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Desc:BBC investigates Jim McCormick's 'dowsing' bomb detector: m worth sold, none of which are real
Category:News & Politics, Horror
Tags:Iraq, BBC, Jim McCormick, Bomb Detector, Dowsing
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Comment count is 30
Cube - 2010-01-24
After the last few years, I'm well beyond the question "can people really be that stupid?"

Yes. Yes they can.

Cube - 2013-04-24


"James McCormick guilty of selling fake bomb detectors"


Cleaner82 - 2010-01-24
Basically if this person was put up against a wall and shot, that would be alright by me.
humbert_humbert - 2010-01-24
Actually, I want him to be dropped off in the middle of a minefield with only his ,000 bomb detector to navigate his way out.

delicatessen - 2010-01-24
This is the correct portal for this video.
THA SUGAH RAIN - 2010-01-24
So a government blindly purchases a bogus bomb detector for tens of millions of dollars without any verification it works.
Meanwhile a BBC Newsnight reporter says "lets have two experts look at it" and within minutes is proven to be fake.
Also this pathetic individual should be shipped off to an Iraqi prison for life.
Cube - 2010-01-24
It also makes me think there's a bit more to this, that amount of money changing ownership is usually pretty thoroughly thought out. In other words, there's probably someone in the government who's getting a cut.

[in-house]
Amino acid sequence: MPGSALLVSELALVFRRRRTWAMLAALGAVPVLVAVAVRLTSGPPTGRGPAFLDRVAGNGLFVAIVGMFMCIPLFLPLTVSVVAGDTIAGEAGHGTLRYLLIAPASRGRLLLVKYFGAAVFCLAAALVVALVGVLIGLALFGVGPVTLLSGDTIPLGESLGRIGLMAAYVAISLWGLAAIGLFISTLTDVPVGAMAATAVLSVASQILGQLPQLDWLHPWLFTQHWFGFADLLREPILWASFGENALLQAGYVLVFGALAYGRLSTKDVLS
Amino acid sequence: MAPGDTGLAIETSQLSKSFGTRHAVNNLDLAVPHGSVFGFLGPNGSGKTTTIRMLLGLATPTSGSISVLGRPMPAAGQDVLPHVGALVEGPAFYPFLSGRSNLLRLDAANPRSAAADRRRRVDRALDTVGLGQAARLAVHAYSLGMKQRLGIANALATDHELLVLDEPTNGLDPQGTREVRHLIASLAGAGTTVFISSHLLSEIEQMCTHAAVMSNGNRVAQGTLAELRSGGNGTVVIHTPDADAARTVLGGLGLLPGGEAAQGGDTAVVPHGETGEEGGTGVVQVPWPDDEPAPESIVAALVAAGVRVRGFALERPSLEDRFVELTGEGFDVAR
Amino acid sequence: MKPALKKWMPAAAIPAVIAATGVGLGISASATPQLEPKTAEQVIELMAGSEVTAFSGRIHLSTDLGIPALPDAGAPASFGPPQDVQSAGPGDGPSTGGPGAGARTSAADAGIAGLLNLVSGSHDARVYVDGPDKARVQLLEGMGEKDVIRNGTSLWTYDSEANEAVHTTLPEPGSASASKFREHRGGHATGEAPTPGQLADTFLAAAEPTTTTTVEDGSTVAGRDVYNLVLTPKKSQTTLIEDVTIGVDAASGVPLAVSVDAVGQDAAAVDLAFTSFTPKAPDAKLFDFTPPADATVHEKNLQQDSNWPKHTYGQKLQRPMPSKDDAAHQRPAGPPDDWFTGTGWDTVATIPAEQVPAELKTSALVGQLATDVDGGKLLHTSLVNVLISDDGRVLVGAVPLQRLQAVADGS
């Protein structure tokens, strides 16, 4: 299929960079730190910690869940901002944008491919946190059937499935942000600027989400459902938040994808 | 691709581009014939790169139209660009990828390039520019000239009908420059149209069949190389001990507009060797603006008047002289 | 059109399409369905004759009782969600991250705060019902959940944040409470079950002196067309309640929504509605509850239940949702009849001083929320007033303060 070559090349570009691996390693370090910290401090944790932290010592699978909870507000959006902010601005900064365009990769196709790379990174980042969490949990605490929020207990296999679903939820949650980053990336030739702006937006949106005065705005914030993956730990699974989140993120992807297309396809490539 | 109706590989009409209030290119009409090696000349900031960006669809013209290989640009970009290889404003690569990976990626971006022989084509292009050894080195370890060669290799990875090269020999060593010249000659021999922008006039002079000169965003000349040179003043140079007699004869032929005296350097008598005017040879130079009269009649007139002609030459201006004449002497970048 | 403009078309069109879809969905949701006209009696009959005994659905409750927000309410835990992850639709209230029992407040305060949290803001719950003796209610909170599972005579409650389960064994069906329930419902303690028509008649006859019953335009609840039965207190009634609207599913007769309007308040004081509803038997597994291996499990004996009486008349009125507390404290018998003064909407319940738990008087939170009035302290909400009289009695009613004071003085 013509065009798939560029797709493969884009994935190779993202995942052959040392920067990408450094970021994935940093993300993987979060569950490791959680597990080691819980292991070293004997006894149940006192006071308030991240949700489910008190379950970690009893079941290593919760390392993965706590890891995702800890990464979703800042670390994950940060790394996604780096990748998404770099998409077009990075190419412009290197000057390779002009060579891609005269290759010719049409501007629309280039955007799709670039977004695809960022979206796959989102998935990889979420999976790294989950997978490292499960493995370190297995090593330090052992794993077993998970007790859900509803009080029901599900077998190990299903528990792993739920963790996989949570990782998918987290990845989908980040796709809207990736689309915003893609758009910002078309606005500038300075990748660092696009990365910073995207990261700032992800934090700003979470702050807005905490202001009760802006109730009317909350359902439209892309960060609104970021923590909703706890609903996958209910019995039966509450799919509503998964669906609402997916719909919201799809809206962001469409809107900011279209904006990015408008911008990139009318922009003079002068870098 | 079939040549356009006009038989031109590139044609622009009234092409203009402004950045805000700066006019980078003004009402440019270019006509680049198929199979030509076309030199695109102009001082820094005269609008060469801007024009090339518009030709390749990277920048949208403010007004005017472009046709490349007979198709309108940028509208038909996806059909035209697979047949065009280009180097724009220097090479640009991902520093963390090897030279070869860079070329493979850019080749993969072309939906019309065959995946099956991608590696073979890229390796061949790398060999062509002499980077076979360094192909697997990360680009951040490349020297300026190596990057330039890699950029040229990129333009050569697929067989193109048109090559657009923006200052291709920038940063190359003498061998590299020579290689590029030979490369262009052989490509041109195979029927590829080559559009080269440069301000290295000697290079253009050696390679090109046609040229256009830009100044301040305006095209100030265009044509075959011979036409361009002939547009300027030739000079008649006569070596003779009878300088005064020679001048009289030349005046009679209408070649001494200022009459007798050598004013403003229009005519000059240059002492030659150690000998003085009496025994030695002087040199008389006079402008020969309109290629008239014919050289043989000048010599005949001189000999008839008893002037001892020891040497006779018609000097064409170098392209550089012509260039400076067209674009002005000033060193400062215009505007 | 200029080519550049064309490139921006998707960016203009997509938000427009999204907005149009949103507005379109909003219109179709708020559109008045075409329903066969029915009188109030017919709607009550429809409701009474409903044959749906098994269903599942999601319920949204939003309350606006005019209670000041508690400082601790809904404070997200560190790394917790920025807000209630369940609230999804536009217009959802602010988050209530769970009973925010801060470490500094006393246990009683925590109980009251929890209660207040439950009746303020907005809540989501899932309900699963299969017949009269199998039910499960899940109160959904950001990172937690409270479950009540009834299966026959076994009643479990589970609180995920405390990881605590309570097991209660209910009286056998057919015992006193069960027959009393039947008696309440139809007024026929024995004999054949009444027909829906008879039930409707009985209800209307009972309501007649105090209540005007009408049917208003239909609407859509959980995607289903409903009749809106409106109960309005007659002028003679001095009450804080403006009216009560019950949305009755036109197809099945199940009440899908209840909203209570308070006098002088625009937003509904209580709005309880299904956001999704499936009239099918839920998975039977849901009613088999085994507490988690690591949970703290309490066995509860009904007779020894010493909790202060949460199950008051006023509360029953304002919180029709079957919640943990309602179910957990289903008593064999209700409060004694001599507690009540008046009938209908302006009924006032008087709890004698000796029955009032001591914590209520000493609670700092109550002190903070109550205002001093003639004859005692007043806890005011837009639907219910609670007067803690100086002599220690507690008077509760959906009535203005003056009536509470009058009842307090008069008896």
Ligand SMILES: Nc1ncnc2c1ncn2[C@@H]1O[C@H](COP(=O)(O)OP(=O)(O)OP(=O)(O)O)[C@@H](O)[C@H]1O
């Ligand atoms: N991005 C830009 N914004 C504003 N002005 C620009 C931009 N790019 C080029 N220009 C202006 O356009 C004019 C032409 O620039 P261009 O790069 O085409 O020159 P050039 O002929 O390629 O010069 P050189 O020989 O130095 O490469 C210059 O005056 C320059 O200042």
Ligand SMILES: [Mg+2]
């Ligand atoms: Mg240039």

facek - 2010-01-25
Not quite. You see a few groups already proved it to be fake in 2002, and told the person purchasing these specifically that it did not work and it was the same device they tested in 2002 but with a new name. Then James Randi offered the purchaser in Iraq a million dollars if he came over and demonstrated their bomb detecting ability, the purchaser denied of course. THEN this news happened.

baumer - 2010-01-24
They're just not using it right.

http://www.nytimes.com/2009/11/04/world/middleeast/04sensors.h tml
HankFinch - 2010-01-24
James Randi on it
RockBolt - 2010-01-24
From another source:

McCormick hit back, however, telling the paper that “we have been dealing with doubters for ten years. One of the problems we have is that the machine does look a little primitive. We are working on a new model that has flashing lights.”
j lzrd / swift idiot - 2010-01-25
I will never fucking get tired of that "FLASHING LIGHTS" quote; never.

StanleyPain - 2010-01-24
Absolutely mind-fucking-blowing. I read somewhere that these devices literally have nothing in them. There are no guts or functioning parts whatsoever. Nothing. Just plastic and glue, basically. Astounding to a degree of evil that is difficult to comprehend.
RocketBlender - 2010-01-25
How the hell did they get that far in circulation? I mean, I'd expect that at some point before the millions were spent, someone would have at least looked inside one of these k devices to see what the hell makes it go.

Smellvin - 2010-01-25
It costs k. Of course it's good! If they were bad, they'd be cheap!

Alternately: some bureaucrat was told to spend X dollars on bomb detectors. Since he just wanted to get his job done with, he found the most expensive ones and ordered enough to meet his requirements. Then, he promptly went back to napping.

Now, how anyone could have skipped actually TESTING these things even after the fact: i have no idea.

StanleyPain - 2010-01-25